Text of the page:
Does anyone have a signal that students utilize to signal the need for teacher assistance? This could be a silent signal, visual, etc.
I love Linda's idea! I have a friend who uses an open/closed folder approach when her students are doing folder work. Open means they need help but they are encouraged to keep working on other material until the teacher gets to them.
This requires a bit more set up, but I know teachers who have velcro tabs on all of their students' desks, for various signs like classroom helper or birthdays, and they keep a "help" sign attached to the wall so students can grab it and any time and attach it to their own desk.
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A co-teacher gives students a red-card/green-card. When a student is working effectively by herself, she leaves the green side up. If she is stuck, she turns it to the red side, sometimes reading a book while she waits. It's a great strategy, because the teacher can see quickly who needs assistance.
Along those same clever lines, one high school teacher I know uses three large plastic cups--red, yellow and green--stacked on each student's work table. It's a little more visible than cards from across the room.
For little ones, I made 2X2 HELP signs attached to popsicle sticks. They keep it in their pencil box.
Elementary teachers can use something like the flag on a mailbox for a student to signal help needed. History teachers can have students create a flag that can be upside down when a student is in "distress" (needs help to continue). Another idea is to use a plastic or styrofoam cup turned upside down. put a slit across the bottom of the cup which can then hold an index card inserted. The teacher can see how things are going in a group based on what color card is showing in the cup.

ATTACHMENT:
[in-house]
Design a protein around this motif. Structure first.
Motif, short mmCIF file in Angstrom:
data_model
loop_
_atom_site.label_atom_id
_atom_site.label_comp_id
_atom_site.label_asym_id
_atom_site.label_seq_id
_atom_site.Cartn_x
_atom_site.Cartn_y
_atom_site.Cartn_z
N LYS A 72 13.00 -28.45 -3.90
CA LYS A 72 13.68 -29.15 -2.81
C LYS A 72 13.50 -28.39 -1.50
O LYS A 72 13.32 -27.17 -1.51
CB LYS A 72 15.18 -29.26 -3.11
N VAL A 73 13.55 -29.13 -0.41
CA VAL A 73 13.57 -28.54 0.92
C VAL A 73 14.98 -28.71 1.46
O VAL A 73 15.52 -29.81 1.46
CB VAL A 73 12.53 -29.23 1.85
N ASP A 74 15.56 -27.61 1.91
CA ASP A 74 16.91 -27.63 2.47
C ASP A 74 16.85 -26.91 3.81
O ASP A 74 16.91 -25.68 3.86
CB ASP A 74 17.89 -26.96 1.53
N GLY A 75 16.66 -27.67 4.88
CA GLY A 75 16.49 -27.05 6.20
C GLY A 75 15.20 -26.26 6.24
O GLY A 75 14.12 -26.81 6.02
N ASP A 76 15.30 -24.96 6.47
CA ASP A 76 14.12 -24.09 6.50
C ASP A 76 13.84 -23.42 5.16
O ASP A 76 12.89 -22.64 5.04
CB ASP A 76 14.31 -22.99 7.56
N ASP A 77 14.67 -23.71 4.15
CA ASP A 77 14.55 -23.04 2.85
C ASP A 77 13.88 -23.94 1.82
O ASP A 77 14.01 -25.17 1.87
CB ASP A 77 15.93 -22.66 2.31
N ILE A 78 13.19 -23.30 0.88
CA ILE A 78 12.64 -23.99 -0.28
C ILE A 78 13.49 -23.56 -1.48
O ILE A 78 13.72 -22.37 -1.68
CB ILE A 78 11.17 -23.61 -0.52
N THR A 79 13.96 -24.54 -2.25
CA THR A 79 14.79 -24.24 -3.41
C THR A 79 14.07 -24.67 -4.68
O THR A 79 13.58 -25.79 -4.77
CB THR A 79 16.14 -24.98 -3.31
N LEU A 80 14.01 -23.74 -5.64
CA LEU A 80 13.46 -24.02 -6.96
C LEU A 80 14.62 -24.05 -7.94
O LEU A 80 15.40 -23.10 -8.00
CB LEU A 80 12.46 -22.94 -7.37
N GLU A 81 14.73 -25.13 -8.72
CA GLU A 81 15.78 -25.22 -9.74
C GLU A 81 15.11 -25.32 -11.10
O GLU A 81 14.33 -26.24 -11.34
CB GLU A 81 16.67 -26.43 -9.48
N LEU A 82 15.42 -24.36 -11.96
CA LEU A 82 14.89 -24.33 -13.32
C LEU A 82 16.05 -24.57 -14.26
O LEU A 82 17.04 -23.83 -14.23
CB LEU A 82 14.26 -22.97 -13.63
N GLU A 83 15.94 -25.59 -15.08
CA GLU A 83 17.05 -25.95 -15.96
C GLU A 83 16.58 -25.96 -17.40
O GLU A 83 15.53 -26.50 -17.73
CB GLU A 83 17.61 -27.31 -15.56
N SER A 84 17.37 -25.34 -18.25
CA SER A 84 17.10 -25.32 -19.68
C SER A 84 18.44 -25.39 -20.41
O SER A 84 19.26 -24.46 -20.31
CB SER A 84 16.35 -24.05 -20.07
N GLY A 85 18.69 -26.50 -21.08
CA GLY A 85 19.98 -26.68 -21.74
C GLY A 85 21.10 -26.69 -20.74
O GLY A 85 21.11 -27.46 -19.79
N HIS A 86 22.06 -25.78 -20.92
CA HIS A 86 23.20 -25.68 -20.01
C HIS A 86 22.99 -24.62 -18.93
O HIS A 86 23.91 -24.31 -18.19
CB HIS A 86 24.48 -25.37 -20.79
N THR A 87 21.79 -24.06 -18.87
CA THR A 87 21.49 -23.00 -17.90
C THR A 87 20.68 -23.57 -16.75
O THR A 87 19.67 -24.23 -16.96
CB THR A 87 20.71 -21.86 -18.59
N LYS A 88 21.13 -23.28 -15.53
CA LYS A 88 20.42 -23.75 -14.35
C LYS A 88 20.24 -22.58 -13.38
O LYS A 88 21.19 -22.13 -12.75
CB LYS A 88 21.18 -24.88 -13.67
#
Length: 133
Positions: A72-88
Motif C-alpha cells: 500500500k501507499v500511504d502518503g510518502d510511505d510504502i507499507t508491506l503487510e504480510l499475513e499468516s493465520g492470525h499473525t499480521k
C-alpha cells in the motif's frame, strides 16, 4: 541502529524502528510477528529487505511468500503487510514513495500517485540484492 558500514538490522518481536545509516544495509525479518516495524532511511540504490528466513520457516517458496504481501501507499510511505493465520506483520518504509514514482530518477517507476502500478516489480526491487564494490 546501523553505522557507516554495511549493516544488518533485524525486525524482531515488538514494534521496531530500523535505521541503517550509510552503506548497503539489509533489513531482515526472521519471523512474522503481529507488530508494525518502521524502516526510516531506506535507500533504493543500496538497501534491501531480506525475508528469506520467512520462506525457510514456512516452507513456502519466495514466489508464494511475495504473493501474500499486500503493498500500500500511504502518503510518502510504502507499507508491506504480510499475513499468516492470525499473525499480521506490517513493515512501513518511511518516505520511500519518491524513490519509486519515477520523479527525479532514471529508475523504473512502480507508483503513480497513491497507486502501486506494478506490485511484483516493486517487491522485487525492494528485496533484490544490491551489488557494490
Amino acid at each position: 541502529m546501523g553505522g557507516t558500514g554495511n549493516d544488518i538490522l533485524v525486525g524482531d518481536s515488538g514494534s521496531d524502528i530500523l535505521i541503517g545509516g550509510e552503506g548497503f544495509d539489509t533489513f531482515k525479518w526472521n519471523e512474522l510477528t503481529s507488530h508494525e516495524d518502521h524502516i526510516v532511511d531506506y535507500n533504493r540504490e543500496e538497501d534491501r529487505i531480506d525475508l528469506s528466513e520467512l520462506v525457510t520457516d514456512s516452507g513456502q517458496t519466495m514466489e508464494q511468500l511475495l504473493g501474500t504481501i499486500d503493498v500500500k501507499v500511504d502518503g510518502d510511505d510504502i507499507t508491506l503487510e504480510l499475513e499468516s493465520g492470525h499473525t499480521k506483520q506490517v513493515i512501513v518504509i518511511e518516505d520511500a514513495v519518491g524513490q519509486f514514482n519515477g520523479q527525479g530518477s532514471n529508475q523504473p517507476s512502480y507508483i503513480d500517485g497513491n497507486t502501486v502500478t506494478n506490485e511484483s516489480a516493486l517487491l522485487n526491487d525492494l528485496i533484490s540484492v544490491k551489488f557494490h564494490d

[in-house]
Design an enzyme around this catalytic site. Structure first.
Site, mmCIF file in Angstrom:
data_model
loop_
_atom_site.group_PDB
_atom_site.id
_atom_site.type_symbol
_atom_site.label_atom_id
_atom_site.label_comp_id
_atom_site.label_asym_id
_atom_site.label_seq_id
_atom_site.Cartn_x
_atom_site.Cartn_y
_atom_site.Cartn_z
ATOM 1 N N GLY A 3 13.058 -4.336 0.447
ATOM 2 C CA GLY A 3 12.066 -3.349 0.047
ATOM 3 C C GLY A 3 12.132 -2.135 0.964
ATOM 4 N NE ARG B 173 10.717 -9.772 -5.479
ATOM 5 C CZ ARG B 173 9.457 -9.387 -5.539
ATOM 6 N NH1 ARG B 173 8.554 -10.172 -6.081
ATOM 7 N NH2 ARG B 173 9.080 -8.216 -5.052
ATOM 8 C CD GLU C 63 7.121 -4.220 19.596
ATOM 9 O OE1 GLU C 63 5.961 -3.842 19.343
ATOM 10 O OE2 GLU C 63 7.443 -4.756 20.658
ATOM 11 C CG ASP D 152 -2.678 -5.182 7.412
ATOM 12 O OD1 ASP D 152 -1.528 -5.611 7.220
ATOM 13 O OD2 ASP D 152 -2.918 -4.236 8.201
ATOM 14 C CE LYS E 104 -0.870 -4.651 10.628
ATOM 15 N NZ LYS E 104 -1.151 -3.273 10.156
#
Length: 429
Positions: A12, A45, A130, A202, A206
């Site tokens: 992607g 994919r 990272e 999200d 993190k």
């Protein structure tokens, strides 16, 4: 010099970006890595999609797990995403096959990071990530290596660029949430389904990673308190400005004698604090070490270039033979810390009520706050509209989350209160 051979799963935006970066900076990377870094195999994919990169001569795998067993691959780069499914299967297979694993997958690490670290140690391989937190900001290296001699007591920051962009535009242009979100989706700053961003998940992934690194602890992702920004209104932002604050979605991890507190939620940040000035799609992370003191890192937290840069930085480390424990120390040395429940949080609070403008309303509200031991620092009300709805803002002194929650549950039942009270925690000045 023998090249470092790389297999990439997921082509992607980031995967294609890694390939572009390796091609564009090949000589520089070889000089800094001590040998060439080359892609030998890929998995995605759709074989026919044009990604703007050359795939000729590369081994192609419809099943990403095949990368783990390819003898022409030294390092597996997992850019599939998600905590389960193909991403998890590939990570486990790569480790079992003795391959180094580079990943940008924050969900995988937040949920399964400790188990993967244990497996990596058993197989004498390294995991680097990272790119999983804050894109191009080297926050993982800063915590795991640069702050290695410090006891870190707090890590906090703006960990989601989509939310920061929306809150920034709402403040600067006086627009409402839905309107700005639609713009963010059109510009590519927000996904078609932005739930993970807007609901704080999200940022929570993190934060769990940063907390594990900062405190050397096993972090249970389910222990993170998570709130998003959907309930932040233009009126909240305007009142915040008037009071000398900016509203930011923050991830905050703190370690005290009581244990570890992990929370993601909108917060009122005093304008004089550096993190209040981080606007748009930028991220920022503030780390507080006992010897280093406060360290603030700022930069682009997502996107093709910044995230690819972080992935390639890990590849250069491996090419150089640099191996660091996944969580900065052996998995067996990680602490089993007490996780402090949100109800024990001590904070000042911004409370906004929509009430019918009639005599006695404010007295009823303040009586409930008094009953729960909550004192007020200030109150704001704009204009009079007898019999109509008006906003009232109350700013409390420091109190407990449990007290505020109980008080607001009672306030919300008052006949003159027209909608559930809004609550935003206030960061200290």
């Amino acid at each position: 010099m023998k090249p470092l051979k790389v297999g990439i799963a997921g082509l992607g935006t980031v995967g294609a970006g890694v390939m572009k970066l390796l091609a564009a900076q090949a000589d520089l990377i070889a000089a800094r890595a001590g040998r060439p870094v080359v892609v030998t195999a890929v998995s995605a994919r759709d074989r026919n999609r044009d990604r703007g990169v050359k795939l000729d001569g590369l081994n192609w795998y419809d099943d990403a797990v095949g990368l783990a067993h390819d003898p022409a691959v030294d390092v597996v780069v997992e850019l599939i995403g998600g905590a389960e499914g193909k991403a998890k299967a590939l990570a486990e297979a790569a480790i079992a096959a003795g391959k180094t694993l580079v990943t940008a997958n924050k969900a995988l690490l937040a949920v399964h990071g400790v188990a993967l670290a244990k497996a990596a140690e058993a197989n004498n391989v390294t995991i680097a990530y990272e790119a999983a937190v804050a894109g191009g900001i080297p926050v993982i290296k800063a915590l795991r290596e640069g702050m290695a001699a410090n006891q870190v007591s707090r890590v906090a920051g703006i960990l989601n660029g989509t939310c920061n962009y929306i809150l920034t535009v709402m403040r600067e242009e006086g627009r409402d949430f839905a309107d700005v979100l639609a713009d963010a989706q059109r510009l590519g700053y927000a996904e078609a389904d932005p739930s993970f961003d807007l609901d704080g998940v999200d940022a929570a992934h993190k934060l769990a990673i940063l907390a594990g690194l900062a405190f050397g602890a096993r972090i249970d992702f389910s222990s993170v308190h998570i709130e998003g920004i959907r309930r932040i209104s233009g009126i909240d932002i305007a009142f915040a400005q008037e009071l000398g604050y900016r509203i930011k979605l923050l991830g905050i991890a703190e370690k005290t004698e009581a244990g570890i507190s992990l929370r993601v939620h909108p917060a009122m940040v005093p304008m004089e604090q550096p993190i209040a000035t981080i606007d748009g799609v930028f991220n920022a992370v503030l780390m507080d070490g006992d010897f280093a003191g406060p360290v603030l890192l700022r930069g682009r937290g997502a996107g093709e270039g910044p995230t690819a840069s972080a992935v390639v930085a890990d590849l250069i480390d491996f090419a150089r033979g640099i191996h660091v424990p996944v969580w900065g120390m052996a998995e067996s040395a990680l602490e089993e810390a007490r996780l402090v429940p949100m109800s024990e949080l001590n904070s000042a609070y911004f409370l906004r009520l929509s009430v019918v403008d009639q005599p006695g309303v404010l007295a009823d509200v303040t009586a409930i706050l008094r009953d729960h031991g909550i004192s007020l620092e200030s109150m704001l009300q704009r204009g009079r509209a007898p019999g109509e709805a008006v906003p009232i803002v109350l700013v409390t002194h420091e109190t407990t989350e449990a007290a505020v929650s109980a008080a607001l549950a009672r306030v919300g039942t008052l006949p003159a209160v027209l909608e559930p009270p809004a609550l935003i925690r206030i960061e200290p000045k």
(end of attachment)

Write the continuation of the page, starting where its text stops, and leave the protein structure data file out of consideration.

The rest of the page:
I think all of these ideas are great. When my students are working, they raise their hand while they're working. This signals that they have a non-urgent need for support, but the expectation is that they work on, focusing on a part of the assignment they do understand.
I've also had kids write their name on the white board to signal they need help during independent practice. Both ideas are pretty basic, but super easy and sustainable!
I teach middle years kids and I utilize the "3 then me" idea, to build independence and critical thinking. If a student is uncertain they should re-read the question and any examples first, then check your notes or text, then ask an elbow buddy, and if you are still stuck after those three things...raise your hand and I will come see you.
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